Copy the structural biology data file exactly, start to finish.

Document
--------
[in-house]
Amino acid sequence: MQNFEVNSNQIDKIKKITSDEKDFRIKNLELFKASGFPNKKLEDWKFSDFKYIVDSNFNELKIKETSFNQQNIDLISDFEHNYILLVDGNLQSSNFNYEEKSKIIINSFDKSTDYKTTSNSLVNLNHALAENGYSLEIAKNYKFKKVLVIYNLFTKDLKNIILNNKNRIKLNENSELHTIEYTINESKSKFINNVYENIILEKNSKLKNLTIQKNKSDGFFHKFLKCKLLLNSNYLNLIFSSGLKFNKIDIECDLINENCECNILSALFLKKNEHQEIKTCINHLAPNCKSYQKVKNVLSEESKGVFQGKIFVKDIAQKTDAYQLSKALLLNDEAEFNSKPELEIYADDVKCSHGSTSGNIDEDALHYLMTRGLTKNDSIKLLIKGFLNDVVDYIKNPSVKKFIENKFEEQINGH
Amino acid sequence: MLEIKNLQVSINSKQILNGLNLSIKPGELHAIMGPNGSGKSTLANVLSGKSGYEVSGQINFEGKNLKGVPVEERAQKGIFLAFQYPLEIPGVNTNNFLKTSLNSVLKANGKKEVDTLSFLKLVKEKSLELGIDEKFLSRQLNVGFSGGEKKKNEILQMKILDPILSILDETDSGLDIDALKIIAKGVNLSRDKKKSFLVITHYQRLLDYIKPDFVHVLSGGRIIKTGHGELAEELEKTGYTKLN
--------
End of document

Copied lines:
[in-house]
Amino acid sequence: MQNFEVNSNQIDKIKKITSDEKDFRIKNLELFKASGFPNKKLEDWKFSDFKYIVDSNFNELKIKETSFNQQNIDLISDFEHNYILLVDGNLQSSNFNYEEKSKIIINSFDKSTDYKTTSNSLVNLNHALAENGYSLEIAKNYKFKKVLVIYNLFTKDLKNIILNNKNRIKLNENSELHTIEYTINESKSKFINNVYENIILEKNSKLKNLTIQKNKSDGFFHKFLKCKLLLNSNYLNLIFSSGLKFNKIDIECDLINENCECNILSALFLKKNEHQEIKTCINHLAPNCKSYQKVKNVLSEESKGVFQGKIFVKDIAQKTDAYQLSKALLLNDEAEFNSKPELEIYADDVKCSHGSTSGNIDEDALHYLMTRGLTKNDSIKLLIKGFLNDVVDYIKNPSVKKFIENKFEEQINGH
Amino acid sequence: MLEIKNLQVSINSKQILNGLNLSIKPGELHAIMGPNGSGKSTLANVLSGKSGYEVSGQINFEGKNLKGVPVEERAQKGIFLAFQYPLEIPGVNTNNFLKTSLNSVLKANGKKEVDTLSFLKLVKEKSLELGIDEKFLSRQLNVGFSGGEKKKNEILQMKILDPILSILDETDSGLDIDALKIIAKGVNLSRDKKKSFLVITHYQRLLDYIKPDFVHVLSGGRIIKTGHGELAEELEKTGYTKLN